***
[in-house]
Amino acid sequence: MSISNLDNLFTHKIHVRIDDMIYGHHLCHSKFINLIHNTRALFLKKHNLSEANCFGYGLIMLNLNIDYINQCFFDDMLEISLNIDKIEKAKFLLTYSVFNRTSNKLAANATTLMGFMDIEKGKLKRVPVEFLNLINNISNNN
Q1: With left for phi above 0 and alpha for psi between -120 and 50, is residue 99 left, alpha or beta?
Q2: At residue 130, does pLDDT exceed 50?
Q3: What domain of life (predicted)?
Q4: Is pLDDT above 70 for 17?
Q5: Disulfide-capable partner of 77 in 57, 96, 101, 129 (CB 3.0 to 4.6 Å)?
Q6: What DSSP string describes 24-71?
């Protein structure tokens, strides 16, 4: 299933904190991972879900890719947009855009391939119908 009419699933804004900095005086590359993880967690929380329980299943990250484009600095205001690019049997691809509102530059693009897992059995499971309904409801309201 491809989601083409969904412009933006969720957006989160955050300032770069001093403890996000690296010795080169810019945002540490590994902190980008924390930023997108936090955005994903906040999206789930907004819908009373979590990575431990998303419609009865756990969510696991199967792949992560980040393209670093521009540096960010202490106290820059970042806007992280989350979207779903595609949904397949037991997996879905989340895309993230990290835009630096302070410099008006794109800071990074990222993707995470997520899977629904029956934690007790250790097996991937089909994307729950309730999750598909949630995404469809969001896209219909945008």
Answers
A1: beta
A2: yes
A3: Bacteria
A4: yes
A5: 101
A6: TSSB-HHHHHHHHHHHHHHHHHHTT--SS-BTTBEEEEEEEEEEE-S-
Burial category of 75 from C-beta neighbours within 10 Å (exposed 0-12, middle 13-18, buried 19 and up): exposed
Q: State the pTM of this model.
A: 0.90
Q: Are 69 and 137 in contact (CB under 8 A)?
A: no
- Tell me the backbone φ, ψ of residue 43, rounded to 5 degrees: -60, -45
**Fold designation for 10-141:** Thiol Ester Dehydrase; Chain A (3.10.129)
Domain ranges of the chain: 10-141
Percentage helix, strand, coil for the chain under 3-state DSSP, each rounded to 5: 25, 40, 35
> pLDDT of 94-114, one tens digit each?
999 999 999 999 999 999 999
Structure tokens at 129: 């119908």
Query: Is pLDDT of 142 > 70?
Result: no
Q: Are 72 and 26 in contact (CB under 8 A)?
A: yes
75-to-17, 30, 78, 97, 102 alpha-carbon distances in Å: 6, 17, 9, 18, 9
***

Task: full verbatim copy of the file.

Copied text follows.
[in-house]
Amino acid sequence: MSISNLDNLFTHKIHVRIDDMIYGHHLCHSKFINLIHNTRALFLKKHNLSEANCFGYGLIMLNLNIDYINQCFFDDMLEISLNIDKIEKAKFLLTYSVFNRTSNKLAANATTLMGFMDIEKGKLKRVPVEFLNLINNISNNN
Q1: With left for phi above 0 and alpha for psi between -120 and 50, is residue 99 left, alpha or beta?
Q2: At residue 130, does pLDDT exceed 50?
Q3: What domain of life (predicted)?
Q4: Is pLDDT above 70 for 17?
Q5: Disulfide-capable partner of 77 in 57, 96, 101, 129 (CB 3.0 to 4.6 Å)?
Q6: What DSSP string describes 24-71?
């Protein structure tokens, strides 16, 4: 299933904190991972879900890719947009855009391939119908 009419699933804004900095005086590359993880967690929380329980299943990250484009600095205001690019049997691809509102530059693009897992059995499971309904409801309201 491809989601083409969904412009933006969720957006989160955050300032770069001093403890996000690296010795080169810019945002540490590994902190980008924390930023997108936090955005994903906040999206789930907004819908009373979590990575431990998303419609009865756990969510696991199967792949992560980040393209670093521009540096960010202490106290820059970042806007992280989350979207779903595609949904397949037991997996879905989340895309993230990290835009630096302070410099008006794109800071990074990222993707995470997520899977629904029956934690007790250790097996991937089909994307729950309730999750598909949630995404469809969001896209219909945008």
Answers
A1: beta
A2: yes
A3: Bacteria
A4: yes
A5: 101
A6: TSSB-HHHHHHHHHHHHHHHHHHTT--SS-BTTBEEEEEEEEEEE-S-
Burial category of 75 from C-beta neighbours within 10 Å (exposed 0-12, middle 13-18, buried 19 and up): exposed
Q: State the pTM of this model.
A: 0.90
Q: Are 69 and 137 in contact (CB under 8 A)?
A: no
- Tell me the backbone φ, ψ of residue 43, rounded to 5 degrees: -60, -45
**Fold designation for 10-141:** Thiol Ester Dehydrase; Chain A (3.10.129)
Domain ranges of the chain: 10-141
Percentage helix, strand, coil for the chain under 3-state DSSP, each rounded to 5: 25, 40, 35
> pLDDT of 94-114, one tens digit each?
999 999 999 999 999 999 999
Structure tokens at 129: 């119908």
Query: Is pLDDT of 142 > 70?
Result: no
Q: Are 72 and 26 in contact (CB under 8 A)?
A: yes
75-to-17, 30, 78, 97, 102 alpha-carbon distances in Å: 6, 17, 9, 18, 9